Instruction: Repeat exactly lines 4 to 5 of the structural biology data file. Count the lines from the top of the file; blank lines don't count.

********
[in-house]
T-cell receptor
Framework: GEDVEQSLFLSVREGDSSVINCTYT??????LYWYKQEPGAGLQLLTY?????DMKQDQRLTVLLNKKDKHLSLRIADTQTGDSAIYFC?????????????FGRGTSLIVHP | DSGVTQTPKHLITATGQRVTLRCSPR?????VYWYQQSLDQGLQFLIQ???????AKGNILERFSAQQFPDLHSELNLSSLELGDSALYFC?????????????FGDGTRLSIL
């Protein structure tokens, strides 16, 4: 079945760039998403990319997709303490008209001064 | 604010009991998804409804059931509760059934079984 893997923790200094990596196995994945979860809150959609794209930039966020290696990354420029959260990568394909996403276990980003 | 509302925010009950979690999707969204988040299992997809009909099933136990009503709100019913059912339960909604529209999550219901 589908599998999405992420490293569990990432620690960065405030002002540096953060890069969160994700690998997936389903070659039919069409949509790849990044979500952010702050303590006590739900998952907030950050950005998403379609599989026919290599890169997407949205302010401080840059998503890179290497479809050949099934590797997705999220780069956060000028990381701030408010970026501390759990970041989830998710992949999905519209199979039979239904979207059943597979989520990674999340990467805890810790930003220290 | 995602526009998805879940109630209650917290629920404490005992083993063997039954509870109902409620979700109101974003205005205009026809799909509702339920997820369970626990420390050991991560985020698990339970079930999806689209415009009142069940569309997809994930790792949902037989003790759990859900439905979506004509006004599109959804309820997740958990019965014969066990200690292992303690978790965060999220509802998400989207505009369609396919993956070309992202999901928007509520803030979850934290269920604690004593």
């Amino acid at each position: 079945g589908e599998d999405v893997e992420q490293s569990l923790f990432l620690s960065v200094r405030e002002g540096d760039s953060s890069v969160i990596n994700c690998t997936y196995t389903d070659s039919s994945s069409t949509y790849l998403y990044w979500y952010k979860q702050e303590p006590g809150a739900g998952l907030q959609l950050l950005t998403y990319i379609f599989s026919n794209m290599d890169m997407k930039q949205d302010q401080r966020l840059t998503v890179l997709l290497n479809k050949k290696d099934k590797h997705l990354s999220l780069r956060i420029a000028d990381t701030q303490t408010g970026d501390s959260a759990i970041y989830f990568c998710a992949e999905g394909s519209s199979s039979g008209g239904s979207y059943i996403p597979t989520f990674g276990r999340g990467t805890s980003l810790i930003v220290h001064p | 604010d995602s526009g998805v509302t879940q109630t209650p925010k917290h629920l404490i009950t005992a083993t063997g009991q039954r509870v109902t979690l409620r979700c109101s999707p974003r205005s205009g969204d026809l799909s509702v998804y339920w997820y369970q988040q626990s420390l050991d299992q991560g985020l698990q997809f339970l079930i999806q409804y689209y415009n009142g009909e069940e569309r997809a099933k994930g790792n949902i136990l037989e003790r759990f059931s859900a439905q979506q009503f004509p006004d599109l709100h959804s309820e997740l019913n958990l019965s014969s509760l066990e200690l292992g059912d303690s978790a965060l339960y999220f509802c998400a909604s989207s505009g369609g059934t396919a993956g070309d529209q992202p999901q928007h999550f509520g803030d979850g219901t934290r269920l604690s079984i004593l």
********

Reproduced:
């Protein structure tokens, strides 16, 4: 079945760039998403990319997709303490008209001064 | 604010009991998804409804059931509760059934079984 893997923790200094990596196995994945979860809150959609794209930039966020290696990354420029959260990568394909996403276990980003 | 509302925010009950979690999707969204988040299992997809009909099933136990009503709100019913059912339960909604529209999550219901 589908599998999405992420490293569990990432620690960065405030002002540096953060890069969160994700690998997936389903070659039919069409949509790849990044979500952010702050303590006590739900998952907030950050950005998403379609599989026919290599890169997407949205302010401080840059998503890179290497479809050949099934590797997705999220780069956060000028990381701030408010970026501390759990970041989830998710992949999905519209199979039979239904979207059943597979989520990674999340990467805890810790930003220290 | 995602526009998805879940109630209650917290629920404490005992083993063997039954509870109902409620979700109101974003205005205009026809799909509702339920997820369970626990420390050991991560985020698990339970079930999806689209415009009142069940569309997809994930790792949902037989003790759990859900439905979506004509006004599109959804309820997740958990019965014969066990200690292992303690978790965060999220509802998400989207505009369609396919993956070309992202999901928007509520803030979850934290269920604690004593």
């Amino acid at each position: 079945g589908e599998d999405v893997e992420q490293s569990l923790f990432l620690s960065v200094r405030e002002g540096d760039s953060s890069v969160i990596n994700c690998t997936y196995t389903d070659s039919s994945s069409t949509y790849l998403y990044w979500y952010k979860q702050e303590p006590g809150a739900g998952l907030q959609l950050l950005t998403y990319i379609f599989s026919n794209m290599d890169m997407k930039q949205d302010q401080r966020l840059t998503v890179l997709l290497n479809k050949k290696d099934k590797h997705l990354s999220l780069r956060i420029a000028d990381t701030q303490t408010g970026d501390s959260a759990i970041y989830f990568c998710a992949e999905g394909s519209s199979s039979g008209g239904s979207y059943i996403p597979t989520f990674g276990r999340g990467t805890s980003l810790i930003v220290h001064p | 604010d995602s526009g998805v509302t879940q109630t209650p925010k917290h629920l404490i009950t005992a083993t063997g009991q039954r509870v109902t979690l409620r979700c109101s999707p974003r205005s205009g969204d026809l799909s509702v998804y339920w997820y369970q988040q626990s420390l050991d299992q991560g985020l698990q997809f339970l079930i999806q409804y689209y415009n009142g009909e069940e569309r997809a099933k994930g790792n949902i136990l037989e003790r759990f059931s859900a439905q979506q009503f004509p006004d599109l709100h959804s309820e997740l019913n958990l019965s014969s509760l066990e200690l292992g059912d303690s978790a965060l339960y999220f509802c998400a909604s989207s505009g369609g059934t396919a993956g070309d529209q992202p999901q928007h999550f509520g803030d979850g219901t934290r269920l604690s079984i004593l």